Spina Bifida - Diagnosis





Spina Bifida Diagnosis 2669
Photo by: Ken Hurst

The sac formed as a result of spina bifida may be quite large or very small. In the mildest cases, it may be confused with a tumor. When the sac is not obvious, other clues to the disorder include the presence of a birthmark on the spine (called a port wine stain) or growth of hair in the injured region. Babies with spina bifida may also exhibit weak muscles and poor reflexes.

Spina bifida is one of many genetic disorders. Such disorders develop before a child is ever born. What difference would it make if parents knew that their child had a genetic disorder before the child was born?

Until recently, there was no point in asking that question. Doctors had no way of knowing whether or not a baby would be born with a genetic disorder.

But that situation has changed. Today, it is possible to identify many genetic disorders while a fetus is still in the womb. For example, a small sample of the fluid surrounding the fetus can be withdrawn. Certain tell-tale "markers" in the fluid indicate whether or not a genetic disorder is present. Today, parents can know in advance whether or not their baby will have spina bifida.

How should parents use this knowledge? Some people want to have their baby born, no matter what health problems it may have. Other people feel differently. They do not want to subject their child to even a few weeks or days of pain and suffering.

Genetic testing can be an invaluable source of information for parents. But it can also raise some of the most difficult questions they will ever have to answer.

Tests are available for confirming the presence of spina bifida. One such test is a myelograph. In a myelograph, a dye is injected in the area around the spinal cord. The spinal cord is then observed with an X ray or a computed tomography (CT) scan, which can create a picture of internal organs. Either test will show the structure of the spinal cord in detail and gaps in the spine usually show up clearly.

Spina bifida can now be diagnosed before birth. The mother is given a blood test for a substance known as alpha-fetoprotein (AFP). AFP is always present in the blood of a pregnant woman but the presence of an abnormal fetus causes an increase in the level of AFP.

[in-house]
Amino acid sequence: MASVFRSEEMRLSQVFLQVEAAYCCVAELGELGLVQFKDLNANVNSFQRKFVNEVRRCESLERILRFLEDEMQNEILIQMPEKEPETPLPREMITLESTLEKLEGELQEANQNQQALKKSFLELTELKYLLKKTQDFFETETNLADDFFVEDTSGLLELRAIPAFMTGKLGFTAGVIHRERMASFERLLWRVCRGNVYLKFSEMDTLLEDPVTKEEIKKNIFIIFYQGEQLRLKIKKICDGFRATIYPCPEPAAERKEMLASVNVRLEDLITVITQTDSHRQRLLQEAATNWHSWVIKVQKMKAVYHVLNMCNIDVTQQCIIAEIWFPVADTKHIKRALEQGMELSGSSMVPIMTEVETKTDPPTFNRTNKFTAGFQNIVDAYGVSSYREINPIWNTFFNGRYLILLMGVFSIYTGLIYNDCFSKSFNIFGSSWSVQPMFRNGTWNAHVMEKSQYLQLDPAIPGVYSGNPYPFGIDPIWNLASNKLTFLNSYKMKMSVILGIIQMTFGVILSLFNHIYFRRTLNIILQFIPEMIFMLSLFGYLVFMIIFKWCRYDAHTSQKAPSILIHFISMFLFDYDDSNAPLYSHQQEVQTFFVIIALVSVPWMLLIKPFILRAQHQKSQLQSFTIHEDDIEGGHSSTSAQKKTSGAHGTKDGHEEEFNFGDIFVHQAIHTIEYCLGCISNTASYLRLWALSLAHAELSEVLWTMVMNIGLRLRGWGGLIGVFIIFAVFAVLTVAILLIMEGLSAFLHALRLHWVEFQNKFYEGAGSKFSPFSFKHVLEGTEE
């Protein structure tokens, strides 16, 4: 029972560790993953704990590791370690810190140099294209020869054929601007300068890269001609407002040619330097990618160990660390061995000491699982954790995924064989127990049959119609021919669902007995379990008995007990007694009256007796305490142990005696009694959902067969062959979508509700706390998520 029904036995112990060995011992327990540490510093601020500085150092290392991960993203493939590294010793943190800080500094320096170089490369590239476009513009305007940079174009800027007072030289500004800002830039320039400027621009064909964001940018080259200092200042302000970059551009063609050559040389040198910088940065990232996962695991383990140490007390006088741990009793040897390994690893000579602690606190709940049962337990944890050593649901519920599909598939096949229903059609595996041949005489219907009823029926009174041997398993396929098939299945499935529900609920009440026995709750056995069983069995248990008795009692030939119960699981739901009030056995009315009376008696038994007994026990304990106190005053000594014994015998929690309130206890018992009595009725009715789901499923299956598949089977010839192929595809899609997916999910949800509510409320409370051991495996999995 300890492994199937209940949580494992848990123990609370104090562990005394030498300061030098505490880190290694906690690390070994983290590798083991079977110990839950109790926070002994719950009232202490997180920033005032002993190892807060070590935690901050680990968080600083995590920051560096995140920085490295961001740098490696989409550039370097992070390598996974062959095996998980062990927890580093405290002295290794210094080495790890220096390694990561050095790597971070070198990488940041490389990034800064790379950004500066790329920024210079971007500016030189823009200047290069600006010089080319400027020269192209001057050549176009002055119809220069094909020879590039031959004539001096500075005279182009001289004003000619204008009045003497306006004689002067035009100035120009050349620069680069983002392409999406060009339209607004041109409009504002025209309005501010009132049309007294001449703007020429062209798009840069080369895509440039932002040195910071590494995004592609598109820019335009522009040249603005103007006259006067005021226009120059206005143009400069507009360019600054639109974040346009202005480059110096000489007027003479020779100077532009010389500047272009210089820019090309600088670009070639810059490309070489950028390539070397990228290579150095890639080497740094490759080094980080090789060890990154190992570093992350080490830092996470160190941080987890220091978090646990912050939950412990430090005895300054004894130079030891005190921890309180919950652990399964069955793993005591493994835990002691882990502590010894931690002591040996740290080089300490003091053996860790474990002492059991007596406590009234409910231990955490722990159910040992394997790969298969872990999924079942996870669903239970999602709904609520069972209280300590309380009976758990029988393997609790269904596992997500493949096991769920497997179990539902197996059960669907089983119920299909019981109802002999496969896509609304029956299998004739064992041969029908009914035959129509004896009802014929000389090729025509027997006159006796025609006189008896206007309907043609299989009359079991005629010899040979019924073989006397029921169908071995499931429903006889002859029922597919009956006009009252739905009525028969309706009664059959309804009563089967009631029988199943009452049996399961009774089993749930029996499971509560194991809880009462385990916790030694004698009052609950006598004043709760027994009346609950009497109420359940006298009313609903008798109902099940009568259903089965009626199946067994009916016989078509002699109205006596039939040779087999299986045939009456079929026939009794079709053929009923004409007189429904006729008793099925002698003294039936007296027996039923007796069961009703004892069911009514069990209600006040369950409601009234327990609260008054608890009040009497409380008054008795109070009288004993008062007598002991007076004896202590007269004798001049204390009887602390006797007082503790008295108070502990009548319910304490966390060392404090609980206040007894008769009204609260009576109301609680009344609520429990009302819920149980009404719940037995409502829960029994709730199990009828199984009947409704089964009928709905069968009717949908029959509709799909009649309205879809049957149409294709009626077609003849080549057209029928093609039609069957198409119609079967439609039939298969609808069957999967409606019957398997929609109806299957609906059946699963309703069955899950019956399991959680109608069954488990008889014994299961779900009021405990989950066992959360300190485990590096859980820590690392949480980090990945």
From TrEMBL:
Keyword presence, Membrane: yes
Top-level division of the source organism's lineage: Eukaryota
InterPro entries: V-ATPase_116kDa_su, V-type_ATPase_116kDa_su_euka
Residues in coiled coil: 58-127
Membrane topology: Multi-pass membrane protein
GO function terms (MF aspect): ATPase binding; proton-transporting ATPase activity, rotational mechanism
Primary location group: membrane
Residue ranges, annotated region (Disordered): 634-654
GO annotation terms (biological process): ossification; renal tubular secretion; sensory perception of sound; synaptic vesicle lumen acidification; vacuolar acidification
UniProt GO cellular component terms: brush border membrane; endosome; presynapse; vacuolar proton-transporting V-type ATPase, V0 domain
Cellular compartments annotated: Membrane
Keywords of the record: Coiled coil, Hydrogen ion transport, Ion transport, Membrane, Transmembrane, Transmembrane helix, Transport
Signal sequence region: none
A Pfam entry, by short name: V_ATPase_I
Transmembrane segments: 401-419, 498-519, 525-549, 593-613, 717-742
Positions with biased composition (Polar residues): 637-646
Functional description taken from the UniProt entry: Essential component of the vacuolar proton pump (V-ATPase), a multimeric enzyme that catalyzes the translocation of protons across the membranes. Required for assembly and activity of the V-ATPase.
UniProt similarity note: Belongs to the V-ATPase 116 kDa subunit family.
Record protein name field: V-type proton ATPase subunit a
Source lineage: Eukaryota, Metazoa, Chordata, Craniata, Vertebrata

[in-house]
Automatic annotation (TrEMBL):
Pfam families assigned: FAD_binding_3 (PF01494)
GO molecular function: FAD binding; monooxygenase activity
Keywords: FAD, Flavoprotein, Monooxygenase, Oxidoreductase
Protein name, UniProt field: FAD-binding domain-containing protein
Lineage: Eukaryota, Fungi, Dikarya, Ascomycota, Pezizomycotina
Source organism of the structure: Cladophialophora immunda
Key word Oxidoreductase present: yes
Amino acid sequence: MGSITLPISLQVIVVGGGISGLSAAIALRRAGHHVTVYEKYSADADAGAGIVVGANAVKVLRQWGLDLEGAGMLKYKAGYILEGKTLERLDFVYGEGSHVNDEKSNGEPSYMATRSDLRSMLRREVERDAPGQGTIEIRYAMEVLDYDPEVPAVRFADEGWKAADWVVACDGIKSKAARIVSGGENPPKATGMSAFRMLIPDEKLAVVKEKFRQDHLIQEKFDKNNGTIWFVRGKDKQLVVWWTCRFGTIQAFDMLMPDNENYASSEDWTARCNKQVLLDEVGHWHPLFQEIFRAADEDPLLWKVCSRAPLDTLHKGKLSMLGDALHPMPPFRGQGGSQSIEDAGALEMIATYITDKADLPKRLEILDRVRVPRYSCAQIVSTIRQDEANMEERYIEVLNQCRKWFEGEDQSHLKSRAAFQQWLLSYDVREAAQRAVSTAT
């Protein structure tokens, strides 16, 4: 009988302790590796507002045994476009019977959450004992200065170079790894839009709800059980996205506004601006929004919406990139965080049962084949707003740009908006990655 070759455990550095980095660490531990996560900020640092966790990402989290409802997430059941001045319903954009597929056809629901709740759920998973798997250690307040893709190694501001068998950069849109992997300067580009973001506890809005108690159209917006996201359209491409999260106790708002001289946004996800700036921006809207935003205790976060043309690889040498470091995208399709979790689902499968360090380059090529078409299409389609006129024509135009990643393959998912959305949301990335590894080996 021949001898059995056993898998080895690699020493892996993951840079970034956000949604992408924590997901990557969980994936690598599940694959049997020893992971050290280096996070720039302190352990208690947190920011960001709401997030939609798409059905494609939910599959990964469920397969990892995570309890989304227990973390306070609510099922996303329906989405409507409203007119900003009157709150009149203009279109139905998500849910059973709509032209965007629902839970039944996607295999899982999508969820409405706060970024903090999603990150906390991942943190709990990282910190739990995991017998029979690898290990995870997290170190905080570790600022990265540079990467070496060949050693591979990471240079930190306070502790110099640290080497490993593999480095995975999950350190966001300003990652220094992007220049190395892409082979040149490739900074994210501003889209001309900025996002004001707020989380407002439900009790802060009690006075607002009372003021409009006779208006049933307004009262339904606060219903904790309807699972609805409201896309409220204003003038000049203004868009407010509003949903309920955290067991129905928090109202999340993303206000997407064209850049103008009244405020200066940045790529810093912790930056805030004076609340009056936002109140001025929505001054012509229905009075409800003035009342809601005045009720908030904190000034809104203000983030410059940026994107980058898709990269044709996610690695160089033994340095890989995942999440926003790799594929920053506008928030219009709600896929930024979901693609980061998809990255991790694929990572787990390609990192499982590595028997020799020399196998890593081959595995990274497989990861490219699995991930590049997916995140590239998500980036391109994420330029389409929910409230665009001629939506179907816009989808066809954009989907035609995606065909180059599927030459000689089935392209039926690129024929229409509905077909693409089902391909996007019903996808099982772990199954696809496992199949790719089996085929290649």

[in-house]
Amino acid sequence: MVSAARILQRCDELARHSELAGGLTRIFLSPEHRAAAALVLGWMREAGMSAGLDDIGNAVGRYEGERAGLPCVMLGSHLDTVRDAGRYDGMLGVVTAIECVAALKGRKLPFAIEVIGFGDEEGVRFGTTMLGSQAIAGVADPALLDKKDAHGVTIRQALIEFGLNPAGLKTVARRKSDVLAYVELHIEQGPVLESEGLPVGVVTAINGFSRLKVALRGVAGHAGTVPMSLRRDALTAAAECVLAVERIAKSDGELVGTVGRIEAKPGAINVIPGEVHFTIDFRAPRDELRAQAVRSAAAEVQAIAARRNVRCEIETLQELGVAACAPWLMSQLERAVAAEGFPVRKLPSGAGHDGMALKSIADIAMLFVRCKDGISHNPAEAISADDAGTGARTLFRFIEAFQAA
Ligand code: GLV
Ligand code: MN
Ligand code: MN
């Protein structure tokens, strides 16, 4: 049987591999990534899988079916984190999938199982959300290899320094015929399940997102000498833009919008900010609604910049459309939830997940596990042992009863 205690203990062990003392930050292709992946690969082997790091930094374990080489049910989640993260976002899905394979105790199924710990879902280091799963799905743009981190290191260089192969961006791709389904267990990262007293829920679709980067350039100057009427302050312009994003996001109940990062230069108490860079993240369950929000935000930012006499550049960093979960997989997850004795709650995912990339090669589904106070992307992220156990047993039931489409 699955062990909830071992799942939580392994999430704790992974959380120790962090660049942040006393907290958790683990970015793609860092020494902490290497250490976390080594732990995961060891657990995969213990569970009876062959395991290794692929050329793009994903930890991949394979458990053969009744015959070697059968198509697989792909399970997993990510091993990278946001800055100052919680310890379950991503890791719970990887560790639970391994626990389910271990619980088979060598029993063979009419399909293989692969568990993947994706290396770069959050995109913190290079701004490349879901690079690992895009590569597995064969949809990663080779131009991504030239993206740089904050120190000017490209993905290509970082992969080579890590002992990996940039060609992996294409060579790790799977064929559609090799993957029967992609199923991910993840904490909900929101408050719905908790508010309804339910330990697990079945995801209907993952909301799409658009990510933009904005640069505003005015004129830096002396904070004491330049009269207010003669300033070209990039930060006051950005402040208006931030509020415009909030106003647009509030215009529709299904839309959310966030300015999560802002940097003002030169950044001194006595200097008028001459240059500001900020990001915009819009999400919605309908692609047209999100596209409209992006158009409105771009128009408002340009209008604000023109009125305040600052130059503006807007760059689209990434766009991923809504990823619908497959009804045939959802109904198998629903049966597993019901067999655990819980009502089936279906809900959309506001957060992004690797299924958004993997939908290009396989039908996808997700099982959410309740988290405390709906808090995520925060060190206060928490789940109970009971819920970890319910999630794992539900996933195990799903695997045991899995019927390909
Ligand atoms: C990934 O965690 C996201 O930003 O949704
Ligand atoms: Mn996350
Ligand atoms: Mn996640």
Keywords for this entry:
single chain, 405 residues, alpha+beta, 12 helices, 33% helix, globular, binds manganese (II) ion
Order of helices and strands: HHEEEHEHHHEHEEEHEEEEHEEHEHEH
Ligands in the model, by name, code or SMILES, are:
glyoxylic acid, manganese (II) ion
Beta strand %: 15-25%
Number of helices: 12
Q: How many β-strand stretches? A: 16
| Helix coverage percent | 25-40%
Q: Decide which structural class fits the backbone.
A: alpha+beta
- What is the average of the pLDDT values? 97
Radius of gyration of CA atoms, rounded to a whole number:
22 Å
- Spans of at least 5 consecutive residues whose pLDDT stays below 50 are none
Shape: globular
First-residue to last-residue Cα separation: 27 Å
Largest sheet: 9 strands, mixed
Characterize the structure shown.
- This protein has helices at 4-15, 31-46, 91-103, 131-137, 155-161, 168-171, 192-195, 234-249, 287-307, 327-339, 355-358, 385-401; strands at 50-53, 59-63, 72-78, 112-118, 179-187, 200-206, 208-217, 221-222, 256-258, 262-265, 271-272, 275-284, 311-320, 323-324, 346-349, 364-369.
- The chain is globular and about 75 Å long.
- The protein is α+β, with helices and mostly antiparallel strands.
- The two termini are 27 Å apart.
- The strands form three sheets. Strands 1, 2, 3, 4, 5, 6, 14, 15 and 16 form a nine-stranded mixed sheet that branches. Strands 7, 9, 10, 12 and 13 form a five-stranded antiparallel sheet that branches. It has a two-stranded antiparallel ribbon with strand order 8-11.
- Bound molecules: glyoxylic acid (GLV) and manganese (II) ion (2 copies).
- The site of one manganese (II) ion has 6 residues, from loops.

Additional tests can determine whether the abnormality involves the neural tube. During an amniocentesis (pronounced AM-nee-oh-sehn-TEE-siss) test for instance, fluid surrounding the fetus is removed and examined in order to gain further information as to the likelihood of a neural tube defect.

Finally, the fetus can be examined by ultrasound. In an ultrasound test, a sound wave is sent into the pregnant woman's womb. The sound wave bounces off the fetus. Its reflection forms a picture of the fetus that can be studied for the presence of neural tube defects. The combination of blood

Spina bifida occurs when the spine of a fetus does not close properly. Some portion of the spinal column may protrude from the newborn baby's back. The protrusion may form a sac that includes some part of the spine, such as the membranes that cover the spinal cord or parts of the cord itself. (Biophoto Associates. Reproduced by permission of the National Audubon Society Collection/Photo Researchers, Inc.)
Spina bifida occurs when the spine of a fetus does not close properly. Some portion of the spinal column may protrude from the newborn baby's back. The protrusion may form a sac that includes some part of the spine, such as the membranes that cover the spinal cord or parts of the cord itself. (
Biophoto Associates
. Reproduced by permission of the
National Audubon Society Collection/Photo Researchers, Inc.
)

tests, amniocentesis, and ultrasound tests can now diagnose over 90 percent of all neural tube defects.

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